So many social political and economic and personal issues have been swirling around in my head giving me a good old case of writers block. But just when I thought my hiatus would go on for an extended period, a fellow faculty member (lol) of the esteemed University of the West Indies has provided that spark that gets the fire going.

On Sunday November 9, 2014 a dear friend of mine whatsapped, tweeted and tagged me on facebook all in a frantic effort to tell me that my fellow faculty member at the UWI has become the latest to wade into the debate on the rightness or wrongness of the KC Old Boy’s Association’s tradition of male only (read member’s only) Annual Dinners. Her frantic attempts to reach me were supposedly because the professor apparently labeled KC Old Boys as homosexuals. I shrugged it off because this could never be true. So I decided to read for myself and boy was it an “interesting” article.

My response to this article here will be twofold:
1. I will look at the core issue at hand i.e. the rightness or wrongness of the tradition of all male reunion dinners
2. A direct analysis of the aforementioned article.

Of Discrimination and Exclusion

I refuse to spend too much time on this so I will let my feelings be known as succinctly as possible. Personally, I would not have a problem if KCOBA members were able to carry along their significant others to the Annual Reunion Dinner. HOWEVER I am of the belief that a lot of the anti KCOBA reaction that now floods the public domain is unfair and hyperbole at its finest. Honestly I am of the view that it is actually more offensive to suggest that there is something inherently wrong with Husband and wife spending dedicated time apart from each other, but that is for another discussion. But to my mind the issue is as simple as any organisation that has an exclusive membership will have occasions and events that will be exclusive to said members and this fact should not be portrayed as somehow morally corrupt.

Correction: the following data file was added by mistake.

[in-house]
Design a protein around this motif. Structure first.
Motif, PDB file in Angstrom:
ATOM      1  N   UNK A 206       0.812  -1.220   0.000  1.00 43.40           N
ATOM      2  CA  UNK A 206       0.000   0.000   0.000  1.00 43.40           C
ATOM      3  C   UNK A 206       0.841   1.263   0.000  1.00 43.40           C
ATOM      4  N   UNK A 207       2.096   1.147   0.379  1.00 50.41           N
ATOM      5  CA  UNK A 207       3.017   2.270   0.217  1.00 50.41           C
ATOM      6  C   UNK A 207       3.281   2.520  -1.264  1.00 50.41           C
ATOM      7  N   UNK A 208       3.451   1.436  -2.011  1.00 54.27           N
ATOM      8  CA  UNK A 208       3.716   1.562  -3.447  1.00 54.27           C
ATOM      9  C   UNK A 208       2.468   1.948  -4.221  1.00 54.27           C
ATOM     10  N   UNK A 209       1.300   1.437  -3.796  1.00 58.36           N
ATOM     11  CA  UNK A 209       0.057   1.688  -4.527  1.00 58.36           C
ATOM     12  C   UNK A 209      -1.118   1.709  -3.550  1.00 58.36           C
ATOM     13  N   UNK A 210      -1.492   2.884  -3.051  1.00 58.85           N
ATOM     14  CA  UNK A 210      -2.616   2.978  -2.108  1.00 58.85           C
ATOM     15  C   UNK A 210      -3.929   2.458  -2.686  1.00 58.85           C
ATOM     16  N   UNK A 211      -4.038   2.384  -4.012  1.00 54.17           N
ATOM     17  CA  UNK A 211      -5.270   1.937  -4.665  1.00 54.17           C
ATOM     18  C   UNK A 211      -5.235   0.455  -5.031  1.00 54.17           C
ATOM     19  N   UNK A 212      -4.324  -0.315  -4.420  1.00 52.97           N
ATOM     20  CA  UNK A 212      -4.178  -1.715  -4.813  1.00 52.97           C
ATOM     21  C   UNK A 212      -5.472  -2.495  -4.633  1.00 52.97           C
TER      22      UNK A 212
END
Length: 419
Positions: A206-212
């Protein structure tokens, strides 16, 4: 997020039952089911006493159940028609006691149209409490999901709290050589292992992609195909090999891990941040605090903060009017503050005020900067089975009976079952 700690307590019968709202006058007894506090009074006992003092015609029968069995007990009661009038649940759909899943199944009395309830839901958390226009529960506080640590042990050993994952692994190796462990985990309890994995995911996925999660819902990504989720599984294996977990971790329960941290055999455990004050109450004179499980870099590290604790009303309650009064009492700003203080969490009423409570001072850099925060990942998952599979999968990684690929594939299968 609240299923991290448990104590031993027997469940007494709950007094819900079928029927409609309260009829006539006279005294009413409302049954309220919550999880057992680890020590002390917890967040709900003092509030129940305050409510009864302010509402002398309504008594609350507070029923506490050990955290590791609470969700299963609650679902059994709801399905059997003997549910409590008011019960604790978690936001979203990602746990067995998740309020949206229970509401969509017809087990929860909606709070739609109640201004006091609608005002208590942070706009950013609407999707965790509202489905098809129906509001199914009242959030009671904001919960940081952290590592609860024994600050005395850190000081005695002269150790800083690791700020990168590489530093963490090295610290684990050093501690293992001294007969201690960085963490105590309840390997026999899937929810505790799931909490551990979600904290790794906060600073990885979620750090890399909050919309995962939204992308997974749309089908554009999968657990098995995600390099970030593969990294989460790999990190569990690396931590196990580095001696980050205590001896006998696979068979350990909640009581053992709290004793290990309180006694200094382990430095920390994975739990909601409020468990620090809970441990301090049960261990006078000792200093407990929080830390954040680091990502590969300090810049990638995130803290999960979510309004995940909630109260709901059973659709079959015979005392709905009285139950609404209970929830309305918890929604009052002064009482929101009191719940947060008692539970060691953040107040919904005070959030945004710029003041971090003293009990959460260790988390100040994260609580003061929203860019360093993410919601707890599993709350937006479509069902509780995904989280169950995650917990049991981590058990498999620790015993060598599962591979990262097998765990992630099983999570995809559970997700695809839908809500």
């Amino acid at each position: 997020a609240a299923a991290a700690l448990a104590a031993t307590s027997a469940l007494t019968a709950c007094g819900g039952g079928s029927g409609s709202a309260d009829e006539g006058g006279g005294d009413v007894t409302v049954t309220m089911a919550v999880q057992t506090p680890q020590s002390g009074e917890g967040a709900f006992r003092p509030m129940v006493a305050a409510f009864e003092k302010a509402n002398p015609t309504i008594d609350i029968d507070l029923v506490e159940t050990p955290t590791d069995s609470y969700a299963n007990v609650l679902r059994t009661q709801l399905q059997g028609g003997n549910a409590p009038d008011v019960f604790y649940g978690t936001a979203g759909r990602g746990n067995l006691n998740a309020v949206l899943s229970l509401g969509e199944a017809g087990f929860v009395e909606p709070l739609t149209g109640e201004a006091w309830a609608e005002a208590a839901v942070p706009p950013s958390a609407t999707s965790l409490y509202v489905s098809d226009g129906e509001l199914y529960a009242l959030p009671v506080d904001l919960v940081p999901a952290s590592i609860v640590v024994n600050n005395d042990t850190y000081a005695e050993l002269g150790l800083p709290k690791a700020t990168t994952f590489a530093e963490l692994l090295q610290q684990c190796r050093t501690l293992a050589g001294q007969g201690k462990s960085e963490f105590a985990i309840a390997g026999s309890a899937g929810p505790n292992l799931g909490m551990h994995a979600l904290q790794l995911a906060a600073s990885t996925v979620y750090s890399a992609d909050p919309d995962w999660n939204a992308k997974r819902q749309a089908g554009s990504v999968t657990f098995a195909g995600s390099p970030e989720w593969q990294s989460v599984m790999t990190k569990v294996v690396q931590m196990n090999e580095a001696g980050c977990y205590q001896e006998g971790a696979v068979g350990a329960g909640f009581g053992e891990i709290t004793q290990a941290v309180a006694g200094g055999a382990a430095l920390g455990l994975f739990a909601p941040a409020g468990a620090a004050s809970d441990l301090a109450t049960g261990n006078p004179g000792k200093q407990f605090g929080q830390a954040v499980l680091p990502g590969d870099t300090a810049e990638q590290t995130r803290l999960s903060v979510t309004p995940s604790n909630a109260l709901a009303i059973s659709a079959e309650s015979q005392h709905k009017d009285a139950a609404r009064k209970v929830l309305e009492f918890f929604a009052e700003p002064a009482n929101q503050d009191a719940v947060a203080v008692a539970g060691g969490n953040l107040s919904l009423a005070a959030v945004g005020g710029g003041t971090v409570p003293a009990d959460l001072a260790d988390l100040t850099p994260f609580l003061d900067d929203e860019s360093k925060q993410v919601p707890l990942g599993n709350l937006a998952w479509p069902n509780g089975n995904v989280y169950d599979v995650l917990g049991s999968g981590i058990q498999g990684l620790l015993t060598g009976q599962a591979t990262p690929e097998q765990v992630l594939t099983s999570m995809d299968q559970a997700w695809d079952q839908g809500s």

Also I find it grossly disingenuous for persons to try and paint the picture that not having women present at a 4-5 hour gathering of “Di man dem” is somehow analagoous with a set of men belittling and disrespecting the great role that women have played and continue to play in the development of our school. If I were to reel off a list of persons that have left indelible marks on my life at KC that list would be so filled with women it’s ridiculous. However, the KC family has several and varied functions and events, each with a particular focus. The Dinner by and large is a chat fest where former students of “The College” come together and harp on about the glory days. Most self-respecting women I know have far better things to do with a Saturday night than being there.